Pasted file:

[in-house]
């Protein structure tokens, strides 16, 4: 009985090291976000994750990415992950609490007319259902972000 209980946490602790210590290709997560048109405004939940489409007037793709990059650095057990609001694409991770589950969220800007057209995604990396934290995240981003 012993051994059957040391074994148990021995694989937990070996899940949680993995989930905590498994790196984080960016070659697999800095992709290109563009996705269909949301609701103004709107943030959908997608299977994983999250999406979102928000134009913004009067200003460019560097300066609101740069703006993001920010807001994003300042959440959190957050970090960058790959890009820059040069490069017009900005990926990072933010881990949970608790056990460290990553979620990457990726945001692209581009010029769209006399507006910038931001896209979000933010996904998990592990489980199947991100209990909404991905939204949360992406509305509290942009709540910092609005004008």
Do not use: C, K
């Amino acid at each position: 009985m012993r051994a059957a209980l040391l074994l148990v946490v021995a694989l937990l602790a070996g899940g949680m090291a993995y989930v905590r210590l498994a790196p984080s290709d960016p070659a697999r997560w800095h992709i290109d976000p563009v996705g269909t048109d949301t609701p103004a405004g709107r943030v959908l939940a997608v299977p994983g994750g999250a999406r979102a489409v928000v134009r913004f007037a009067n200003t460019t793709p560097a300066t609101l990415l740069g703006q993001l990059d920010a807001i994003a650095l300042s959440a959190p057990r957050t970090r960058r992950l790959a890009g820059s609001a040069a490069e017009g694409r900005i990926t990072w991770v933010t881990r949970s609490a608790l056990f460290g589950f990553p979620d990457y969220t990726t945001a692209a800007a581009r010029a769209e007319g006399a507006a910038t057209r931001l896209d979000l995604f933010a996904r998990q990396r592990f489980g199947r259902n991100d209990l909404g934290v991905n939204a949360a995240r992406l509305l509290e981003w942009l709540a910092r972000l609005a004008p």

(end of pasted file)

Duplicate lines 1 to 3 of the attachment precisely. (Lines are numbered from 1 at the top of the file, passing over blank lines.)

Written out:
[in-house]
């Protein structure tokens, strides 16, 4: 009985090291976000994750990415992950609490007319259902972000 209980946490602790210590290709997560048109405004939940489409007037793709990059650095057990609001694409991770589950969220800007057209995604990396934290995240981003 012993051994059957040391074994148990021995694989937990070996899940949680993995989930905590498994790196984080960016070659697999800095992709290109563009996705269909949301609701103004709107943030959908997608299977994983999250999406979102928000134009913004009067200003460019560097300066609101740069703006993001920010807001994003300042959440959190957050970090960058790959890009820059040069490069017009900005990926990072933010881990949970608790056990460290990553979620990457990726945001692209581009010029769209006399507006910038931001896209979000933010996904998990592990489980199947991100209990909404991905939204949360992406509305509290942009709540910092609005004008």
Do not use: C, K